HB1.F3.C1 Cell Line

The HB1.F3.C1 cell line is a multipotent, cloned cell line that was generated by immortalizing cells obtained from the telencephalon of a human fetus of 15 weeks' gestation, using a retrovirus encoding the v-myc gene [17], [23]. The primary cells were obtained in accordance with the Guidelines of the Anatomical Pathology Department of Vancouver General Hospital, with permission to use fetal tissue granted by the Clinical Research Screening Committee Involving Human Subjects of the University of British Columbia. HB1.F3.C1 is an established, well-characterized, stable cell line [23][27]. HB1.F3.C1 cells self-renew in vitro, are non-tumorigenic, and are multipotent in that they can be induced to differentiate into neurons, oligodendrocytes, and astrocytes [17]. The use of this cell line circumvented the significant problem of limited availability of large quantities of primary cells and maximized reproducibility among experiments. The cell line was grown in DMEM with 10% FCS at 37°C in a humidified atmosphere of 10% CO2.

Transduction of HB1.F3.C1 Cells to Express rCE

Replication-deficient adenovirus expressing a secreted form of rCE under the control of the cytomegalovirus (CMV) promoter (AdCMVrCE) was constructed using standard methods, as described previously [18], [20], [28]. HB1.F3.C1 cells were co-cultured with AdCMVrCE for 24 hours prior to intravenous injection. The enzyme activity assay used to quantitate the level of expression of rCE by HB1.F3.C1 cells transduced with adenovirus has also been reported previously [20].

HB1.F3.C1 Cell Migration, Injection and Localization

To examine whether HB1.F3.C1 cells, injected intravenously, migrate to disseminated tumor foci in mice, neuroblastoma tumor cells were injected intravenously into the tail veins of mice and allowed to seed and develop tumors for two months. HB1.F3.C1 cells (2×106) were then injected via the same route and organs were harvested 3–4 days later to evaluate migration to macroscopic and microscopic tumors.

For therapeutic experiments, HB1.F3.C1 cells were administered 2 weeks following injection of neuroblastoma cells. At this time point, tumors are microscopic and undetectable by eye or by in vivo imaging. Consistent with initiating treatment at this time point, we propose that the most likely eventual clinical utility of the described approach will be to eradicate minimum residual disease following conventional therapy. This experimental protocol most directly reflects that potential application.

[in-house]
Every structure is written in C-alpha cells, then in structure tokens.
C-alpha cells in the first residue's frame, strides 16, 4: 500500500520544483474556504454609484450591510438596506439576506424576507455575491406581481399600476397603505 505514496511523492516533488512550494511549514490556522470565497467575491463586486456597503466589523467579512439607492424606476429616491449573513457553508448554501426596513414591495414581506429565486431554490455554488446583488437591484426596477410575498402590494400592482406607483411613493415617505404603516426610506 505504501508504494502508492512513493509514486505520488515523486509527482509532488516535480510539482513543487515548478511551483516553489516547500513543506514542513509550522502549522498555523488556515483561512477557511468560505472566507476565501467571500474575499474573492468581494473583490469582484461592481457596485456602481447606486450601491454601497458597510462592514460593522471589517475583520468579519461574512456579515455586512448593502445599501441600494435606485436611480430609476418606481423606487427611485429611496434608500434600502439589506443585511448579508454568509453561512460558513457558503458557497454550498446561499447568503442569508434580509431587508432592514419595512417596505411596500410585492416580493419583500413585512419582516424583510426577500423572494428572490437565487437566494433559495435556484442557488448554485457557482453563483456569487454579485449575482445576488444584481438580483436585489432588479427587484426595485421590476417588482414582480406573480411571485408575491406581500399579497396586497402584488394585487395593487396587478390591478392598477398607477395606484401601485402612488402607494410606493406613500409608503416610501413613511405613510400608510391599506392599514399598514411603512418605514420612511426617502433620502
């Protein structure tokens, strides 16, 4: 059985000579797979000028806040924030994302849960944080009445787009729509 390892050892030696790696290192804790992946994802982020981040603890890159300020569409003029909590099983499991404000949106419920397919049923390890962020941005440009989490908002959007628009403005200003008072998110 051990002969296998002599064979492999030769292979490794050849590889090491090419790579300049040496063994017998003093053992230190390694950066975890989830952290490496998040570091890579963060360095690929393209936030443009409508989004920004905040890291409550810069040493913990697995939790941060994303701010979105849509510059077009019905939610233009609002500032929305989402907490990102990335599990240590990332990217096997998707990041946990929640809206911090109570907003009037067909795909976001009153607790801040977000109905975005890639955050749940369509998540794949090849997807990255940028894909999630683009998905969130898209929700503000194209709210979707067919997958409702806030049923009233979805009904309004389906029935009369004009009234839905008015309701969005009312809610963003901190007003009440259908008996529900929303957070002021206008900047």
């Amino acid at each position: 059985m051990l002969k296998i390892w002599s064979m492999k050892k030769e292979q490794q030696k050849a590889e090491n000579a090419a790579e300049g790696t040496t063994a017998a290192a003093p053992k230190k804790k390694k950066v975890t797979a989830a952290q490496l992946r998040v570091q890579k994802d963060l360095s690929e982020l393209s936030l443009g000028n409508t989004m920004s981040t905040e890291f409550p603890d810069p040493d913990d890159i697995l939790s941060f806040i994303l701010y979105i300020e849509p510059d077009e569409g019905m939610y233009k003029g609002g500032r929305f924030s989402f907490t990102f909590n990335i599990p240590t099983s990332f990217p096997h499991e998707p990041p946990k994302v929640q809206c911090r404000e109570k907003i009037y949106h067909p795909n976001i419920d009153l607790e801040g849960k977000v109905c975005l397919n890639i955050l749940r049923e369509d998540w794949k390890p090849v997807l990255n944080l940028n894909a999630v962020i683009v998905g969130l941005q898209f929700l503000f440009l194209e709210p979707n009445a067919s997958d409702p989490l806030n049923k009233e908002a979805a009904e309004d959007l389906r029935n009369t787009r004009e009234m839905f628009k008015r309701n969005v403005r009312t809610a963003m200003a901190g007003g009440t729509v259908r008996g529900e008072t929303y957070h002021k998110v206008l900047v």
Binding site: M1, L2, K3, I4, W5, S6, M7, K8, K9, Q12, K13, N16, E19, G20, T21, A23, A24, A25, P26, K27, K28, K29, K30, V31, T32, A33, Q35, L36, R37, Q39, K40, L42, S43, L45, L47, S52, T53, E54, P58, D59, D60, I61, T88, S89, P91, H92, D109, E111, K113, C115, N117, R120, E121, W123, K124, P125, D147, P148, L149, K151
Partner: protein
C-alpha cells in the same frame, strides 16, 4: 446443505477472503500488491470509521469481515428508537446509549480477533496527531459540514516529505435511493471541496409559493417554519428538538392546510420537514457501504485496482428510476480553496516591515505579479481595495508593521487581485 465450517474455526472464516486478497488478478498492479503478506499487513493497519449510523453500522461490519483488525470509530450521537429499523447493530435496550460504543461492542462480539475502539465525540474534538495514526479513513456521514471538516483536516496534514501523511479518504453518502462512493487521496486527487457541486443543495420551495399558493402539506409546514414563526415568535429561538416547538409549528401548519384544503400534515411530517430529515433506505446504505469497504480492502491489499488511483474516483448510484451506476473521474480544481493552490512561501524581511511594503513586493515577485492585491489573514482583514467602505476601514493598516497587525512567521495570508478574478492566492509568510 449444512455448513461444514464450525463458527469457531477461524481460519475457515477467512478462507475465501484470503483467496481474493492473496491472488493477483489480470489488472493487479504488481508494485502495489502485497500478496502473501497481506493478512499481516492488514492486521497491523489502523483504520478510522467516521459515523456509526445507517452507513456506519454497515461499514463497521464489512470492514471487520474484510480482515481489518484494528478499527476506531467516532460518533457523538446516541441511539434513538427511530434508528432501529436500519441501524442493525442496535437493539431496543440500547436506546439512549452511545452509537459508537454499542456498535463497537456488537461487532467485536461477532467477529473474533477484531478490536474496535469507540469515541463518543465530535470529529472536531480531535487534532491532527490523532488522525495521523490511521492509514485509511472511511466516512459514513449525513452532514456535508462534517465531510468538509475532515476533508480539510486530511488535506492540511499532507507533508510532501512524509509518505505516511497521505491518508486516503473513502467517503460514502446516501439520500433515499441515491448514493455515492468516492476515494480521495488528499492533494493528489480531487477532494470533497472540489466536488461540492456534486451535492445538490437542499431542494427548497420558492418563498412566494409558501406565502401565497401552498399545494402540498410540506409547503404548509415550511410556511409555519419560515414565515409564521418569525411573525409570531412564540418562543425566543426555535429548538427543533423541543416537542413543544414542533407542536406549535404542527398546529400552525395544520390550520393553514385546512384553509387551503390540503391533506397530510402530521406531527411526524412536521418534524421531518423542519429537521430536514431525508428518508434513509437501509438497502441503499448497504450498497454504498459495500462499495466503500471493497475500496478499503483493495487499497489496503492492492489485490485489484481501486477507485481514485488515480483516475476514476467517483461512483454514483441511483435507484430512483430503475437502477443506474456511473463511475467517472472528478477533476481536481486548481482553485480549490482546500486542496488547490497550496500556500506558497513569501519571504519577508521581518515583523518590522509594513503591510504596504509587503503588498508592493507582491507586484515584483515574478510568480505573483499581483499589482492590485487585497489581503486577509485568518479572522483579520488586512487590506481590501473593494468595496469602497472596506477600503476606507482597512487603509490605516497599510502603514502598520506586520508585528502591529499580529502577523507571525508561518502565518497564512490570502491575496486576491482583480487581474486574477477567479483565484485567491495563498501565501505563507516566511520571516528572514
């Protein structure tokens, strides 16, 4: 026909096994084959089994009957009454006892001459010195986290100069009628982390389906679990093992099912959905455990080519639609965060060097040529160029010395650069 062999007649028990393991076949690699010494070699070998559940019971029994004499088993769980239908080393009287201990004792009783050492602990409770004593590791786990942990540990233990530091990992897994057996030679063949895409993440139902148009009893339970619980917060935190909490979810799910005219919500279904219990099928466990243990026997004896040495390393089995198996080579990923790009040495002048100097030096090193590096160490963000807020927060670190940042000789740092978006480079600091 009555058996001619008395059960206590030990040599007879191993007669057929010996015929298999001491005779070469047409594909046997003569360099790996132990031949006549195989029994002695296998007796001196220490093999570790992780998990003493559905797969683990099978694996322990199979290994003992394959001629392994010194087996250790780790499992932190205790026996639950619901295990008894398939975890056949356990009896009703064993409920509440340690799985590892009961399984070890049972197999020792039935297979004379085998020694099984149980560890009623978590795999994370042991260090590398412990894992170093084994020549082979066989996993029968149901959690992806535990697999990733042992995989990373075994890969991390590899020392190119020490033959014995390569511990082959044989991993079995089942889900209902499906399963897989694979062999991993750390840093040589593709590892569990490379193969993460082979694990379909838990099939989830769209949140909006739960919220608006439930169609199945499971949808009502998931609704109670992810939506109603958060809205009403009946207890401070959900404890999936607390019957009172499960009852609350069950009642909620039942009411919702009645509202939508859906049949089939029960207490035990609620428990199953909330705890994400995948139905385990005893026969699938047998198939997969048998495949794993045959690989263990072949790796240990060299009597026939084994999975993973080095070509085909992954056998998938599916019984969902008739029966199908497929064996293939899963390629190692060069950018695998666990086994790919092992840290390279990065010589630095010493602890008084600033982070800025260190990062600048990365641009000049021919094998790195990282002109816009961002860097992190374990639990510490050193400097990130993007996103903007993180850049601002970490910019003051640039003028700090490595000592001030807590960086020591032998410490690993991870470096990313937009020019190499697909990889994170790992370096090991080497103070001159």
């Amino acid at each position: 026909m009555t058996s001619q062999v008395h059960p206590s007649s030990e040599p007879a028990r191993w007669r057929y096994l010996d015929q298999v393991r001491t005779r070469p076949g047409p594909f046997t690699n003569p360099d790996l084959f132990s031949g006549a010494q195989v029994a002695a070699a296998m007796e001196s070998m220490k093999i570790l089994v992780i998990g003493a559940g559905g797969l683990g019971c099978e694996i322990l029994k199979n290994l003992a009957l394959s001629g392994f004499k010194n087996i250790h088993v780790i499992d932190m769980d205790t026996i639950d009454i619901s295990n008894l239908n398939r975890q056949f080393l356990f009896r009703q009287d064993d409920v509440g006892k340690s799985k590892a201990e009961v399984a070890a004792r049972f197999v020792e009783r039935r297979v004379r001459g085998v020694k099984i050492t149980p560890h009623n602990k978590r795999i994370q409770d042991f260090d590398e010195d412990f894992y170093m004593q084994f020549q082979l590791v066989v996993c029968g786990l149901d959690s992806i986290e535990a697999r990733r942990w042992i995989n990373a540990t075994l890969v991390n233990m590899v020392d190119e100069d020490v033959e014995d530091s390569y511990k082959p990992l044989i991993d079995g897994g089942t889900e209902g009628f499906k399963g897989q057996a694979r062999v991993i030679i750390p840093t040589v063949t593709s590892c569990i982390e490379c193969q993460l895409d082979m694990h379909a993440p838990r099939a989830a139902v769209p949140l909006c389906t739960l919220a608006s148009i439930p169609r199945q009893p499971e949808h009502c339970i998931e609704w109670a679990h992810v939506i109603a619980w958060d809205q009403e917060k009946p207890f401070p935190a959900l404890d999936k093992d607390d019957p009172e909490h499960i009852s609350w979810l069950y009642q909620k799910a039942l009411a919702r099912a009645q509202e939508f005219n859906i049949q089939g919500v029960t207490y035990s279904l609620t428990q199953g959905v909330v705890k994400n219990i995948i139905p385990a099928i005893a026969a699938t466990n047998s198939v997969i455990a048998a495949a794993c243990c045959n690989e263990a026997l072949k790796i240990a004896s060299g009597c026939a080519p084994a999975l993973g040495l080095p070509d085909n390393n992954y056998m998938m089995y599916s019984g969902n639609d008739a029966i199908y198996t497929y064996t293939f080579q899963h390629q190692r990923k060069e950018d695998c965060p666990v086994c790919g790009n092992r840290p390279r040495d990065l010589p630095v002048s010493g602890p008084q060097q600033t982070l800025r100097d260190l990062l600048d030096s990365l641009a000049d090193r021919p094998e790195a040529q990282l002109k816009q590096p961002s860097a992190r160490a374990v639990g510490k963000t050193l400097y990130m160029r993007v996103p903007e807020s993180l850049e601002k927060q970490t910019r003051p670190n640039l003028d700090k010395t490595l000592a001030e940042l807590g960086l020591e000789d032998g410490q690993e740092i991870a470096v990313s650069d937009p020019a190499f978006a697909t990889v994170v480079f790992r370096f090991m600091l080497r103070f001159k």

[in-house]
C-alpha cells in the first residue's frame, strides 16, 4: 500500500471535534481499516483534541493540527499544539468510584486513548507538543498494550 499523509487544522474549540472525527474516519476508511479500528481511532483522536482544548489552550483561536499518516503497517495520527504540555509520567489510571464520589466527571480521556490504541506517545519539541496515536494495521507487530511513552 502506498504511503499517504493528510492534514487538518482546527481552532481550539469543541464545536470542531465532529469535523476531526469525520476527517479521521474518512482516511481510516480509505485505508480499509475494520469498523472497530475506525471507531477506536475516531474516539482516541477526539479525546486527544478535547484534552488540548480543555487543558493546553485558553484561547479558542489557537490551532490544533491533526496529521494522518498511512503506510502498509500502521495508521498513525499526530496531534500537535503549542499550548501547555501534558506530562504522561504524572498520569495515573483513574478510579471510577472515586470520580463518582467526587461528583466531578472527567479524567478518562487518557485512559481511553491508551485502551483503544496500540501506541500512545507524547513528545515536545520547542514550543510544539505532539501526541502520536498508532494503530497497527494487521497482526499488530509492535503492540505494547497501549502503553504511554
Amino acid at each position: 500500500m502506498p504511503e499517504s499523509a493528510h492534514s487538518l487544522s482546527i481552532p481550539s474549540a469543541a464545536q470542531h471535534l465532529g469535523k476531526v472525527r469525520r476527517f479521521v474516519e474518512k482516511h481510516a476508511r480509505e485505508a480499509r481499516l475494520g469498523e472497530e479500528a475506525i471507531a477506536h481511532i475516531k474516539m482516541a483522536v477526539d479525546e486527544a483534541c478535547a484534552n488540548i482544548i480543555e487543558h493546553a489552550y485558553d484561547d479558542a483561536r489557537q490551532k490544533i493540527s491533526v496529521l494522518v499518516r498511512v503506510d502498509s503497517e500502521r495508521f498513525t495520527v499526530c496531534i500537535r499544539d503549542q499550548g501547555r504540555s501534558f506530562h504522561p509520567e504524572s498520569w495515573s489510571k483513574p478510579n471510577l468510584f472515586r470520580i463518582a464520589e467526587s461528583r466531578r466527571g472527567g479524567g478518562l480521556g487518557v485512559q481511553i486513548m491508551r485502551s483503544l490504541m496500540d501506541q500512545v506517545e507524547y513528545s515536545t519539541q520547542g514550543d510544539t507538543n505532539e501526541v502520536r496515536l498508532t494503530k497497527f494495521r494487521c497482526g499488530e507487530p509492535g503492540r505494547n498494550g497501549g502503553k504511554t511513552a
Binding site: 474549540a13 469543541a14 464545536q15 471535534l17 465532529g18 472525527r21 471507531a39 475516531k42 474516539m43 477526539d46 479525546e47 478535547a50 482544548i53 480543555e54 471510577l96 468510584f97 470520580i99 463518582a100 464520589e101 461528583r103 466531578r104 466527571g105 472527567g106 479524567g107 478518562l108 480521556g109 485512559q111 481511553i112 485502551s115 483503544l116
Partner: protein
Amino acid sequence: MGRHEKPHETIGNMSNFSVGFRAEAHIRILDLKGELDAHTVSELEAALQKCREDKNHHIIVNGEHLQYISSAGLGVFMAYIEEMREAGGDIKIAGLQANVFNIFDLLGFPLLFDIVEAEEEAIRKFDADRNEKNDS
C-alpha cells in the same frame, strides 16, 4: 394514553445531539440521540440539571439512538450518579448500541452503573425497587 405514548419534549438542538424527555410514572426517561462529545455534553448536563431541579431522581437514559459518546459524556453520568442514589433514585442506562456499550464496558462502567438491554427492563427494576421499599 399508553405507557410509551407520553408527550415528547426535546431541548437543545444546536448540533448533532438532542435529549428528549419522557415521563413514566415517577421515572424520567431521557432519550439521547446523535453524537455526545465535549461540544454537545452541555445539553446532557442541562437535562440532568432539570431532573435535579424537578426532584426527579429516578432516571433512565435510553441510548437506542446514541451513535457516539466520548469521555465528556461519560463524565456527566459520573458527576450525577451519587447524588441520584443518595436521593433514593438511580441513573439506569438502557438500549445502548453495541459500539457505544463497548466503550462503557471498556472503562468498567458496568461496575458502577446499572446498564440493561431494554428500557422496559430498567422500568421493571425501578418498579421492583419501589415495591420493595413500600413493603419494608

In both migration and therapeutic studies, 2×106 HB1.F3.C1 cells transduced with adenovirus at a multiplicity of infection (MOI) of 20 were pre-labeled with CM-DiI (chloromethylbenzamido-1,1′-dioctadecyl-3,3,3′,3′-tetramethylindocarbocyanine perchlorate, Molecular Probes, Eugene, OR) according to manufacturer's instructions. Cells were then rinsed 3 times with PBS and injected into the tail vein of tumor-bearing mice. CM-DiI was chosen because it is non-diffusible by virtue of its covalent binding to cellular thiols, and has been shown to be suitable for labeling and in vivo tracking of cells for at least 10 weeks [29], [30]. In experiments included in this paper, mice injected with CM-DiI-labeled cells were harvested 3–4 days following labeling and injection.

Es1e Esterase-deficient Severe Combined Immunodeficient (SCID) Mice

The plasma of SCID mice contains high levels of a rodent carboxylesterase that activates CPT-11 [31], [32]. Therefore, we used esterase-deficient SCID mice for all in vivo therapeutic studies [33]. These animals have levels of plasma esterase comparable to those in human plasma. Mice were housed in an AALAAC-accredited facility and were given food and water ad libitum.


Bone marrow was harvested from the tibia of normal and tumor-bearing mice, and RNA was extracted for RT-PCR detection of tyrosine hydroxylase (TH), a neuroblastoma cell marker. DNA was extracted from a separate aliquot of bone marrow for PCR of the v-myc gene to identify HB1.F3.C1 cells. Primer sequences and RT-PCR conditions for TH have been published previously [21]. Standard methods were used for v-myc amplification using a forward primer of 5′-CCTTTGTTGATTTCGCCAAT-3′ and a reverse primer of 5′-AGTTCTCCTCCTCCTCCTCG-3′, with an annealing step of 62.5°C for 1 minute for 30 cycles. The positive control for TH was RNA extracted from NB-1691 cells, and for the v-myc gene was DNA from HB1.F3.C1 cells. Negative controls contained no RT or no DNA, for TH and v-myc reactions, respectively.